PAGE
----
There are a few hairstyles that have earned places in history. There's the mohawk (which has lost some of its rough 'n' tough nature since donned by P. Diddy), there's also the pompadour, your principal's comb-over, and Jennifer Aniston's Friends 'do. No hairdo has been of greater importance to the fairytale genre than the long, flaxen locks of Rapunzel. This fair maiden's hair was made famous in the Brothers Grimm tale in which a couple's firstborn child is captured by an evil witch and forced to live in an isolated tower. Her fate is changed when the studly Prince Llewellyn devises a daring rescue mission involving her record-breaking yards of hair. Reaching a new generation of children, the tale comes to life at the Russell Theater at the Alper JCC, 11155 SW 112th Ave. Tickets are $10 for children and $12 for adults. Call 305-233-2206. (TS)
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The peculiar ailments known as "backwards reading," "restlessness," or "ants-in-the-pants" when you were young have been given new names and Tinseltown makeovers. Now they're known as dyslexia and attention deficit disorder. In this marvelous age of big bucks drug companies, there are loads of pretty, colorful pills doctors can give you to slide down your children's throats if they seem fidgety when they're doing homework. The folks at Lindamood-Bell want to steer our society away from the path of the quick medical fix and toward one-on-one sessions and helpful evaluations with their staff of clinicians. This center provides scientific reading programs that help frustrated children settle down, smile, and learn to love reading and writing. Venture over to Lindamood-Bell's Open House for a presentation about the issues that surround language and literacy development for youngsters this evening at 6:30, at 116 Alhambra Circle #130, Coral Gables. Call 786-552-6470. (PEGY)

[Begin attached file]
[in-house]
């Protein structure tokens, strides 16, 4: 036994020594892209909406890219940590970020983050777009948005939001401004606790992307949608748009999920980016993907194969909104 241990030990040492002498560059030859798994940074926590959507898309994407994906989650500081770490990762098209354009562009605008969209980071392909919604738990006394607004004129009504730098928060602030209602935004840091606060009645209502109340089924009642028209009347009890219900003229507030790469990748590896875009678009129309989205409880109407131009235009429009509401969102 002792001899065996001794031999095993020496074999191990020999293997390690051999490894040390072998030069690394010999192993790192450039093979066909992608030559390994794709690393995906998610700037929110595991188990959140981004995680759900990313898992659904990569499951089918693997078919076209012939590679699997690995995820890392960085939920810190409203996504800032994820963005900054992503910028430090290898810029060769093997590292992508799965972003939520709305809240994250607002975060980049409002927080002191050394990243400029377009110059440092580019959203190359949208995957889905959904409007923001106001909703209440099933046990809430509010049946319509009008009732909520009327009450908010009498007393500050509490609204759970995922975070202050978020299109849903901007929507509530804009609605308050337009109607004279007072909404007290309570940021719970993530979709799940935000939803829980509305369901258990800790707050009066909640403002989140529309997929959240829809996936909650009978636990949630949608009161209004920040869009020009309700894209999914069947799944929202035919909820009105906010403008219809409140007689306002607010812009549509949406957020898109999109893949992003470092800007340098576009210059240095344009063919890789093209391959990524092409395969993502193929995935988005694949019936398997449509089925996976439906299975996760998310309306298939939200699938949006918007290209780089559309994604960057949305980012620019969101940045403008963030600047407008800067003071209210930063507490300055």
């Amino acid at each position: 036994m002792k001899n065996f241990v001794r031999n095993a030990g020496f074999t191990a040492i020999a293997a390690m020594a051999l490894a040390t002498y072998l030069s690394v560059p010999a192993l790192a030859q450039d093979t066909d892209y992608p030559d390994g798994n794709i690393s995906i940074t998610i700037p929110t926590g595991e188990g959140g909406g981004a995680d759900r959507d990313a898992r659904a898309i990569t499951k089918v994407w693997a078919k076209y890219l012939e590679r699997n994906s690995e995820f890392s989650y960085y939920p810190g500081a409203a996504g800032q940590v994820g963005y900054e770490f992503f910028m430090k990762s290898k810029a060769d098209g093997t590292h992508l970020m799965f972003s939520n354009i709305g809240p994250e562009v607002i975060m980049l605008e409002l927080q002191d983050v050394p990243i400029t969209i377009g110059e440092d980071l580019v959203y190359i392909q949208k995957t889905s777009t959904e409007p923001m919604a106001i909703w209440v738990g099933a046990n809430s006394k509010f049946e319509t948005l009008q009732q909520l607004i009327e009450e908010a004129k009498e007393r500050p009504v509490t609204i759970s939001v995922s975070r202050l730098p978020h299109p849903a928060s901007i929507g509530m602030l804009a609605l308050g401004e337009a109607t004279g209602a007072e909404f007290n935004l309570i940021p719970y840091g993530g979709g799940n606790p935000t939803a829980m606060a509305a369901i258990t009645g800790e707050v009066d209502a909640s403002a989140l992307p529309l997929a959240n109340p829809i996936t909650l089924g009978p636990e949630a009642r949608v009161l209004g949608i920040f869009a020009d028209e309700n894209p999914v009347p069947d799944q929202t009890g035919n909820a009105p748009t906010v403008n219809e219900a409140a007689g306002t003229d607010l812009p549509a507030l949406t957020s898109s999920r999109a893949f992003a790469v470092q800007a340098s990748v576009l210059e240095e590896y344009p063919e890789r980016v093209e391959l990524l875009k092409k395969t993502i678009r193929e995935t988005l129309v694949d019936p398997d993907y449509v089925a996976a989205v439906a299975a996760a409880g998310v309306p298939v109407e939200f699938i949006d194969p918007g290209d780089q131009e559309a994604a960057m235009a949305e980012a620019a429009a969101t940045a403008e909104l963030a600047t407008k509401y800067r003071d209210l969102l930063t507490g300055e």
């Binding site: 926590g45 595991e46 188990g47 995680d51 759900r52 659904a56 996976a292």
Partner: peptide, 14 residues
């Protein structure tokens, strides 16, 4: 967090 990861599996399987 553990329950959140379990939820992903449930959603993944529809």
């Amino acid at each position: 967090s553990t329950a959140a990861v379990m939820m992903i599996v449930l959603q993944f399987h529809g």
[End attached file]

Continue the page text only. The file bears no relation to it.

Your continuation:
We in the Western world always like to assume that we're the civilized ones, with our apartments like shoeboxes stacked on top of each other and our motorized vehicles putt-putting us towards the future. Well, Francisco Estrada-Belli has got news for those of us who assume our civilization is numero uno -- the Mayans beat us by over a thousand years. Four years ago, excavations at the 2500 year old Mayan city of Cival in Guatemala's Peten jungle uncovered the ruins of a royal metropolis of more than 10,000 people at a time when most Western scientists assumed the Maya were simple farmers. Estrada-Belli discovered amazing artifacts including pyramids, plazas, stone masks, and jade and ceramic offerings that possibly marked the dawn of Mayan dynasties. Learn about the "New Discoveries at Cival, Guatemala: Dawn of the Maya," at 7:30 p.m., at the Lowe Art Museum, 1301 Stanford Dr., Coral Gables. Call 305-284-3603. (PEGY)